More than 300 academics and students have criticised universities for their “tokenistic and superficial” support for the Black Lives Matter movement given their poor record on tackling institutional racism.
In an open letter to the education secretary, Gavin Williamson, and higher education funding councils, regulators and representative bodies, the scholars said the sector had underestimated the prevalence of racism and failed to address its “systemic and structural nature”.
The letter called out universities for publicly supporting the Black Lives Matter movement in the wake of the killing of George Floyd while racial inequalities, such as the attainment gap between white and black and minority ethnic (BAME) students, persist.
It states: “While these and other racial inequalities remain, statements that Black lives matter can at best be regarded as tokenistic and superficial.
“The sector has, to date, been overly optimistic in its assessment of the extent of the problem, it has been slow to act and, where action has been taken, it has failed to seriously engage with the systemic and structural nature of racism.”
The letter, signed by leading BAME and white academics, urges the government and higher education bodies to take urgent action to ensure universities improve their efforts.
The three authors of the letter – Richard Itaman, a lecturer in comparative political economy and development at King’s College London, Keston Perry, a lecturer in economics at the University of the West of England, and Angelique Golding, a business manager at Goldsmiths, University of London, – told the Guardian in a statement: “There is no clear incentive for universities to take racial justice seriously or consequences if they do not. However, there are disadvantages to us: black and minority ethnic staff leave, are not promoted and experience racism but these facts do not lead to the institution radically improving its practice.”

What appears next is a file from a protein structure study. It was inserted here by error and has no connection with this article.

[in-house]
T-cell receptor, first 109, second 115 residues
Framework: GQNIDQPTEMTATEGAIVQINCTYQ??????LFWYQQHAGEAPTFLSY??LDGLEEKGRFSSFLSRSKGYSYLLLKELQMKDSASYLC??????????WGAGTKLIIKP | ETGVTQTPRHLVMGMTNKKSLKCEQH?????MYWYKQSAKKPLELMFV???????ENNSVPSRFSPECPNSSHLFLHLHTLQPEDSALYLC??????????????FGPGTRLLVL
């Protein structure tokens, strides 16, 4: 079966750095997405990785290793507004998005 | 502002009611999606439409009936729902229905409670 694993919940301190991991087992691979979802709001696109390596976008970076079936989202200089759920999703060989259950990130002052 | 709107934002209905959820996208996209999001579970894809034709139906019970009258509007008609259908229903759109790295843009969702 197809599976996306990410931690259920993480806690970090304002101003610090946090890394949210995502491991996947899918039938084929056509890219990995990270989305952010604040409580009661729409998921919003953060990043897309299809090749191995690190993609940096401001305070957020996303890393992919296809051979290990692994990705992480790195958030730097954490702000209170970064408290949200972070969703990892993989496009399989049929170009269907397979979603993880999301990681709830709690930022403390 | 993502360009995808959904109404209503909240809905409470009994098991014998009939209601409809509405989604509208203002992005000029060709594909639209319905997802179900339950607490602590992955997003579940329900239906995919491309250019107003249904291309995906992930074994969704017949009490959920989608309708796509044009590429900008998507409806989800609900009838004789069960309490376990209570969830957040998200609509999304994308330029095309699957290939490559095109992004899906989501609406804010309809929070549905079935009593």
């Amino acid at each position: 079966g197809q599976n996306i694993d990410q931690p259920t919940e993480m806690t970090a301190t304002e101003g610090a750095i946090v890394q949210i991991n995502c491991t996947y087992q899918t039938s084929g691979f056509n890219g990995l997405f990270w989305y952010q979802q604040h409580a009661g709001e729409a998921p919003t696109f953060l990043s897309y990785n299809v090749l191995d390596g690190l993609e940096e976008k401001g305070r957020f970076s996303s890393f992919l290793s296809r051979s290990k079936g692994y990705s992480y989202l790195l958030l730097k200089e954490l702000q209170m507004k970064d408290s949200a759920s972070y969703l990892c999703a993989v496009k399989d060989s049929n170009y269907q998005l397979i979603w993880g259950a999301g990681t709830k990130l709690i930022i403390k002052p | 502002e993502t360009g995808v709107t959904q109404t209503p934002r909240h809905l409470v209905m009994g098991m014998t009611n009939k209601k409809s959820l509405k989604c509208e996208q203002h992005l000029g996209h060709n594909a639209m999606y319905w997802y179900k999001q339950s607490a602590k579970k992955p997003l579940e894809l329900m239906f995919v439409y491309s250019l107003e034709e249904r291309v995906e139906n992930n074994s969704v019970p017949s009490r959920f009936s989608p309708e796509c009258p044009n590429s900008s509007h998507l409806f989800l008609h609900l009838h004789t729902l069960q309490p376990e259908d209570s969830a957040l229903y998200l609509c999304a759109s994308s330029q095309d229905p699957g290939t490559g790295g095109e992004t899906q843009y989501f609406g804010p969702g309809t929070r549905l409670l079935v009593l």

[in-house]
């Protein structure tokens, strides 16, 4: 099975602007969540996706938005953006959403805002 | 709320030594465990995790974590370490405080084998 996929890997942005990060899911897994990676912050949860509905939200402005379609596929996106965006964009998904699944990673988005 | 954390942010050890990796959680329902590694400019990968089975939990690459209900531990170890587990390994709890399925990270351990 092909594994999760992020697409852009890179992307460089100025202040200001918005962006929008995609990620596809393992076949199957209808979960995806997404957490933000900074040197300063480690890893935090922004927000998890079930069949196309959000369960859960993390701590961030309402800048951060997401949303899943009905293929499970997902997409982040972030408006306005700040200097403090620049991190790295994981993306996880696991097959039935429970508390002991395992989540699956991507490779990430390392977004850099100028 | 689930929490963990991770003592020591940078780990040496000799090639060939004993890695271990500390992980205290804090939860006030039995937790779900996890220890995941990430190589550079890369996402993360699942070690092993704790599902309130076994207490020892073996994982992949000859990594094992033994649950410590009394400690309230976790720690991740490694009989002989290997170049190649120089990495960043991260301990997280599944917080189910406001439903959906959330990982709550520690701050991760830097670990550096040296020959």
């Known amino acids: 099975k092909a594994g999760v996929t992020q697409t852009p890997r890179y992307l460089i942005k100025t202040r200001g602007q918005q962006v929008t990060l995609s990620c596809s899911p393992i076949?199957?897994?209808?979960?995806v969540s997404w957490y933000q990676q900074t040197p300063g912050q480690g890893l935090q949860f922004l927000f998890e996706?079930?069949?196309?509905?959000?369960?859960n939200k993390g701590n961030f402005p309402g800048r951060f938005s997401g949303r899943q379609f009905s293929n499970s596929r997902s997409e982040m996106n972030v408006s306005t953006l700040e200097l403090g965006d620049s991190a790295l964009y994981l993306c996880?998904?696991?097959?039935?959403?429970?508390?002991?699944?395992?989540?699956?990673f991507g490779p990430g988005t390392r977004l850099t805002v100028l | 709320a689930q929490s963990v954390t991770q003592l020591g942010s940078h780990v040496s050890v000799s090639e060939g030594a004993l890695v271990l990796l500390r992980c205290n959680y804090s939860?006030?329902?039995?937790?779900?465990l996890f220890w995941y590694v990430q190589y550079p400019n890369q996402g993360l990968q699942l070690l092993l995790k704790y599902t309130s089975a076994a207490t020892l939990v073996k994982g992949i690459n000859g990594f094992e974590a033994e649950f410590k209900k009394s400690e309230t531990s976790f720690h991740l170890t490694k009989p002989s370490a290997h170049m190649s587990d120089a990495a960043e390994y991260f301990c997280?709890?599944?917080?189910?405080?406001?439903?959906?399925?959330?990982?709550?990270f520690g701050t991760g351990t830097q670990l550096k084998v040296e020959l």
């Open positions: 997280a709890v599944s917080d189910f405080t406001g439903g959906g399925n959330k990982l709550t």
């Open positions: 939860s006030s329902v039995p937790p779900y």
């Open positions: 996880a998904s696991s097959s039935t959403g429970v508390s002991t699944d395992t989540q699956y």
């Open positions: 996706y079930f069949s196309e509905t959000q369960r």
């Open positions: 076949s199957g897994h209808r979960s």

They propose universities provide training that substantially addresses institutional racism, white privilege and racial micro-aggressions, such as dismissive and stereotyping comments. Research by the Guardian last year found most did not.
The ethnicity of applicants and shortlisted and successful candidates for senior university jobs should be published, as well as a detailed breakdown of the pay gap between white and BAME staff. Universities should also introduce positive action schemes to train, hire and promote BAME staff to address their under-representation in the workforce.
Another proposal is that funding bodies should make grants dependent on universities demonstrating how they are tackling racism. The seven UK research councils recently revealed that white researchers are almost 59% more likely to receive research funding than their BAME peers.
The letter also recommends that the government provides dedicated funding for the Equality and Human Rights Commission, which published a report on racism in higher education last year, to ensure that universities implement these proposals.
A Department for Education spokeswoman said: “Racism is abhorrent and should not be tolerated anywhere in society, including in higher education. The secretary of state has received the letter and we will respond in due course.”
A spokeswoman for Universities UK, which represents 137 higher education institutions, said: “We have called upon senior university leaders to redouble their efforts to address racial harassment. This must be a strategic priority.” She added that its advisory group to tackle racial harassment would publish recommendations in the autumn.